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As COVID-19 Permeates Prisons And Jails, Baltimore Defendants Continue To Be Held Without Bail

An Appeal analysis shows that the percentage of people held without bond remains steady, at roughly 33%, although arrests are down during the pandemic.

The Maryland Correctional Institution, Jessup, Maryland.
Photo by Marvin Joseph/The The Washington Post via Getty Images.

As COVID-19 Permeates Prisons And Jails, Baltimore Defendants Continue To Be Held Without Bail

An Appeal analysis shows that the percentage of people held without bond remains steady, at roughly 33%, although arrests are down during the pandemic.


On April 28, Angela Burneko sat and listened to Baltimore City prosecutors argue that a teenager who uses a wheelchair was a threat to public safety.  Burneko, a volunteer with the legal observer group Baltimore Courtwatch, said prosecutors from the Baltimore City state’s attorney’s office tried to convince a judge that a Black 18-year-old arrested for illegal firearm possession—stemming from an incident in which he  was shot and paralyzed—was a public safety threat if he wasn’t incarcerated pretrial.

“The ASA still made a claim that just because someone is in a wheelchair doesn’t mean they can’t ‘get around or be a danger to the community,’” Burneko told The Appeal. “I have etched that into my brain. I’ll never forget this.”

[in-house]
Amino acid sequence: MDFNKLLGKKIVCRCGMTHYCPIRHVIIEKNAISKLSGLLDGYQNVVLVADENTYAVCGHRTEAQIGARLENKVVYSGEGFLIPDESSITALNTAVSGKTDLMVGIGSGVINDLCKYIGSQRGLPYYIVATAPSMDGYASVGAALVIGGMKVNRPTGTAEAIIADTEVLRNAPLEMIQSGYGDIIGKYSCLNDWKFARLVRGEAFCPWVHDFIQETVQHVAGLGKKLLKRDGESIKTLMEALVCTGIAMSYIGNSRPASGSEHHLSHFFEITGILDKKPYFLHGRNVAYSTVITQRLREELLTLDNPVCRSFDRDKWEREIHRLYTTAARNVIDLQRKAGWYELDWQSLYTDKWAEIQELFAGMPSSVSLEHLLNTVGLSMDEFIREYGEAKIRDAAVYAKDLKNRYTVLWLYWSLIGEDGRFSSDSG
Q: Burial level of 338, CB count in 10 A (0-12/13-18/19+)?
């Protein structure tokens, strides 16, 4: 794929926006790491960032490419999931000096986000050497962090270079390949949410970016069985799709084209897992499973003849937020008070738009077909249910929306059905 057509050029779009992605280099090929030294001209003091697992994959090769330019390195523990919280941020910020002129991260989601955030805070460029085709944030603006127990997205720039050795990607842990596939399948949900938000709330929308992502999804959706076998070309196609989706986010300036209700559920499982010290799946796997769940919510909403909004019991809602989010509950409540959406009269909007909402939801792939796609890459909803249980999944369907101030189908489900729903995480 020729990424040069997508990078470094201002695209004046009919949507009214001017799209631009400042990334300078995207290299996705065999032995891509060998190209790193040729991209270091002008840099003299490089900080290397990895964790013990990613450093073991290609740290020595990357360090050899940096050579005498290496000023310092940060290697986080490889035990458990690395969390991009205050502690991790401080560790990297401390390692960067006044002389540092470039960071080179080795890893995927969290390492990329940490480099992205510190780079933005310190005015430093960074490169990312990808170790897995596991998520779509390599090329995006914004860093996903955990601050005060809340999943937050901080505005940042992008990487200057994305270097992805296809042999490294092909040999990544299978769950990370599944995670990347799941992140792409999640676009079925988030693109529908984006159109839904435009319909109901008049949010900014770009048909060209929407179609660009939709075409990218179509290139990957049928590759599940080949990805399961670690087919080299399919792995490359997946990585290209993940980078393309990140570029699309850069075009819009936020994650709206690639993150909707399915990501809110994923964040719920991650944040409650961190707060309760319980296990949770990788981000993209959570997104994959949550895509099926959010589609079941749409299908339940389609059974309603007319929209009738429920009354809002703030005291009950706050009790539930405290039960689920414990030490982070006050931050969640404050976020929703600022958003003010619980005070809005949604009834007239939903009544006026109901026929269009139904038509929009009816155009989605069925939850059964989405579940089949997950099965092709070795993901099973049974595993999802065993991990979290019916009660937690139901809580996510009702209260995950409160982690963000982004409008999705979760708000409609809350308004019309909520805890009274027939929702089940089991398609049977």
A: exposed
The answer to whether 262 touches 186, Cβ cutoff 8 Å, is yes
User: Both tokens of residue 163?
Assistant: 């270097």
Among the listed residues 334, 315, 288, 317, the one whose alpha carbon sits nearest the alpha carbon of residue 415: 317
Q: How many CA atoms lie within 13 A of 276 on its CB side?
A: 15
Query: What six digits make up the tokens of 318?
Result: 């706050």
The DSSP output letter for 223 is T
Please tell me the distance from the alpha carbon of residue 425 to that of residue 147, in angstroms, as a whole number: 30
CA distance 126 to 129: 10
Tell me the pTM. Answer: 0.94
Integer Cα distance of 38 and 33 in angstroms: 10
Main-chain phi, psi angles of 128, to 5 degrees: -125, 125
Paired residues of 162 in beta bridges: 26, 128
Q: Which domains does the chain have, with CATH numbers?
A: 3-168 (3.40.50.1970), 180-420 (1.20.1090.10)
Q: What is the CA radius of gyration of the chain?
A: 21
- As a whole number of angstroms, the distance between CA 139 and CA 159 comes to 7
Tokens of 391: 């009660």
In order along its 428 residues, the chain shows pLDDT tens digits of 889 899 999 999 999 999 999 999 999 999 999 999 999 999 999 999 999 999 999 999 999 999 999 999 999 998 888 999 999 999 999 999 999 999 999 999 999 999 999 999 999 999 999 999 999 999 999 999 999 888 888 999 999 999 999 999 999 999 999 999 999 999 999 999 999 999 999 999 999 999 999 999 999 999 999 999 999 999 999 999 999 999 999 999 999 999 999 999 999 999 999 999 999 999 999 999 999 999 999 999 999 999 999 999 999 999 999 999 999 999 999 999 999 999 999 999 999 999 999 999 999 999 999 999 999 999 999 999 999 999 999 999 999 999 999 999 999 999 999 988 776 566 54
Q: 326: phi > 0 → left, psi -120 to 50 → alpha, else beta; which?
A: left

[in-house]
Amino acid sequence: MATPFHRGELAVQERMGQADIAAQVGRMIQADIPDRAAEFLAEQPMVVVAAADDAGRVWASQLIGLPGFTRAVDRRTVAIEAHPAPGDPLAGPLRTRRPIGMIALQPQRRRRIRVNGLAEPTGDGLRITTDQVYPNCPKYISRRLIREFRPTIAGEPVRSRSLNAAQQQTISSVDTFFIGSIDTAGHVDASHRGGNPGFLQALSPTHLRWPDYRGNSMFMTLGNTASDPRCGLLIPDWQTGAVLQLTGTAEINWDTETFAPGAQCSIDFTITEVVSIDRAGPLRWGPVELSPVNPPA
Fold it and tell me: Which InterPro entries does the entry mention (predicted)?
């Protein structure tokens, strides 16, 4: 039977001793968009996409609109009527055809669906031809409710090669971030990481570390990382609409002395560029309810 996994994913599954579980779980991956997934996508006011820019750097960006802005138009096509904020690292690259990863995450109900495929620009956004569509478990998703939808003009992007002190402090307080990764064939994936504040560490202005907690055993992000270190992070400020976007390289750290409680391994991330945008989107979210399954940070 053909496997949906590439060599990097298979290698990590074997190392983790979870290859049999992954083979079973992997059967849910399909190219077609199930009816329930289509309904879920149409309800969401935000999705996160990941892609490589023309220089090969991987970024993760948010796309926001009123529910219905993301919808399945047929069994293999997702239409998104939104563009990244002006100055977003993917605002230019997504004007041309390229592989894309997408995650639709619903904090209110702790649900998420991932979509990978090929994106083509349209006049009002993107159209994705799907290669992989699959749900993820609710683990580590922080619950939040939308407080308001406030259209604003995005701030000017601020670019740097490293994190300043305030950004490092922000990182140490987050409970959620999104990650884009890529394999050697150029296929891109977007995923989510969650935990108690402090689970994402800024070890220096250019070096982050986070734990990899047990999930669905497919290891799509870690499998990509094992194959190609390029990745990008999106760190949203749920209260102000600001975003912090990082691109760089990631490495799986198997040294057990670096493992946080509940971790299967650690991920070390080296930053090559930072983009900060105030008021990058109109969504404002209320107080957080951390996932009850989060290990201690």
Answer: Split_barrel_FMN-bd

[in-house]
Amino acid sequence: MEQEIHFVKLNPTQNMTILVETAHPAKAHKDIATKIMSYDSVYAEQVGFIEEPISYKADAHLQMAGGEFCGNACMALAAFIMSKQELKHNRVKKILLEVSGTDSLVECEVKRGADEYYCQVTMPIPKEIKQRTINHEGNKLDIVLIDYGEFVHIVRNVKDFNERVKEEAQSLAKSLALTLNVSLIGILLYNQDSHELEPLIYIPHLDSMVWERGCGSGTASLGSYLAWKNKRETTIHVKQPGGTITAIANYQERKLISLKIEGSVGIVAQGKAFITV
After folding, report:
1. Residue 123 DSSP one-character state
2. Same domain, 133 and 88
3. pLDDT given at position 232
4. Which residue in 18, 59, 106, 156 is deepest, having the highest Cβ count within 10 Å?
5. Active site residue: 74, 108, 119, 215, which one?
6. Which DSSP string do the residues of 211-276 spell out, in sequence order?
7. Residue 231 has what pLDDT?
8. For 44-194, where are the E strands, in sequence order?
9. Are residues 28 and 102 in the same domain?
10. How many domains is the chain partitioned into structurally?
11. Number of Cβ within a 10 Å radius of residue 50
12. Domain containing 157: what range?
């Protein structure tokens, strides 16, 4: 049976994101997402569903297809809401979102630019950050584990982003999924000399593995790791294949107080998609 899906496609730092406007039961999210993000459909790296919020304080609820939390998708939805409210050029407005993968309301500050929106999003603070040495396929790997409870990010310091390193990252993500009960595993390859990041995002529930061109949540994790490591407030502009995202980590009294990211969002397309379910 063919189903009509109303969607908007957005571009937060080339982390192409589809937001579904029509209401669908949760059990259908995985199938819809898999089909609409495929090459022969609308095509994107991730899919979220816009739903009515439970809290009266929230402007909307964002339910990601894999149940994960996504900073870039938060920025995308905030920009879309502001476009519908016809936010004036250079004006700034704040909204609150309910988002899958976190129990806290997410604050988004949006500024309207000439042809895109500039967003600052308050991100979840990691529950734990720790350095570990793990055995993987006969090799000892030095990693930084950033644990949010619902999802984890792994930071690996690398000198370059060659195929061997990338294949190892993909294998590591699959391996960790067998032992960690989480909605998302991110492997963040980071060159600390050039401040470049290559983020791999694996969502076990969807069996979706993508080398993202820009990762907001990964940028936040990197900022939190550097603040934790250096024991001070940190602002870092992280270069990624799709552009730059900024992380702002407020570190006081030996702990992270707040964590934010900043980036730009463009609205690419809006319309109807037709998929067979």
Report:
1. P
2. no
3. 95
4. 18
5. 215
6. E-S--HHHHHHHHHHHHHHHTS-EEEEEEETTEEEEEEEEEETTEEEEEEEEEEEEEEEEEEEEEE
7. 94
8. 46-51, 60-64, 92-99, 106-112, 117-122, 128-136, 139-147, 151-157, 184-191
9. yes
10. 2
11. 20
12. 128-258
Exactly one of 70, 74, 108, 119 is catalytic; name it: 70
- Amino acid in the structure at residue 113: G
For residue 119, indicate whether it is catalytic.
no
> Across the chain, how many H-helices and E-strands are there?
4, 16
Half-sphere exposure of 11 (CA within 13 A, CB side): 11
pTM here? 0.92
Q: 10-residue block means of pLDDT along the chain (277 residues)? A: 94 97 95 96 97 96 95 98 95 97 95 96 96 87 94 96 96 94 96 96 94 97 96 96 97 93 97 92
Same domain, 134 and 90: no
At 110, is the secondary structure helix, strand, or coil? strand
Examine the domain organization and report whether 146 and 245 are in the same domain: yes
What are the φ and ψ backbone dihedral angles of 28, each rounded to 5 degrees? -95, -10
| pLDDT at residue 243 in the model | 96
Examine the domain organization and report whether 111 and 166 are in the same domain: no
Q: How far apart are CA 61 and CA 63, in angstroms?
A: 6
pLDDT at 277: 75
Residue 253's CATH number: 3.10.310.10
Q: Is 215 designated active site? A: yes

The case, Burneko says, exemplifies what Baltimore public defenders, defense attorneys, and legal observers say has been a consistent problem amid the coronavirus pandemic: Despite the fact that jails and prisons are often the epicenters for the virus, prosecutors working for State’s Attorney Marilyn Mosby routinely request to hold people without bond.

Using data provided by Open Justice Baltimore, a group that tracks court records in the city, The Appeal analyzed nearly 7,000 cases in Baltimore City’s district courts between Jan. 2 and July 7. Although the total number of cases dropped 34 percent in the months after the city declared a COVID-19 state of emergency on March 19, the percentage of cases in which defendants were held without the opportunity to post bail—roughly one-third of all people who pass through the court system—has remained solid. From Jan. 2 to March 19, 1,196 of 3,557 cases analyzed by The Appeal—roughly a third of the cases charged in the city —were imprisoned without bond. Since March 20, defendants in roughly a third of the 3,346 total cases analyzed by The Appeal have been held without bail.

For those denied  bond, the three most common charges were second-degree (typically misdemeanor) assault, first-degree (felony) assault, and drug possession with the intent to distribute.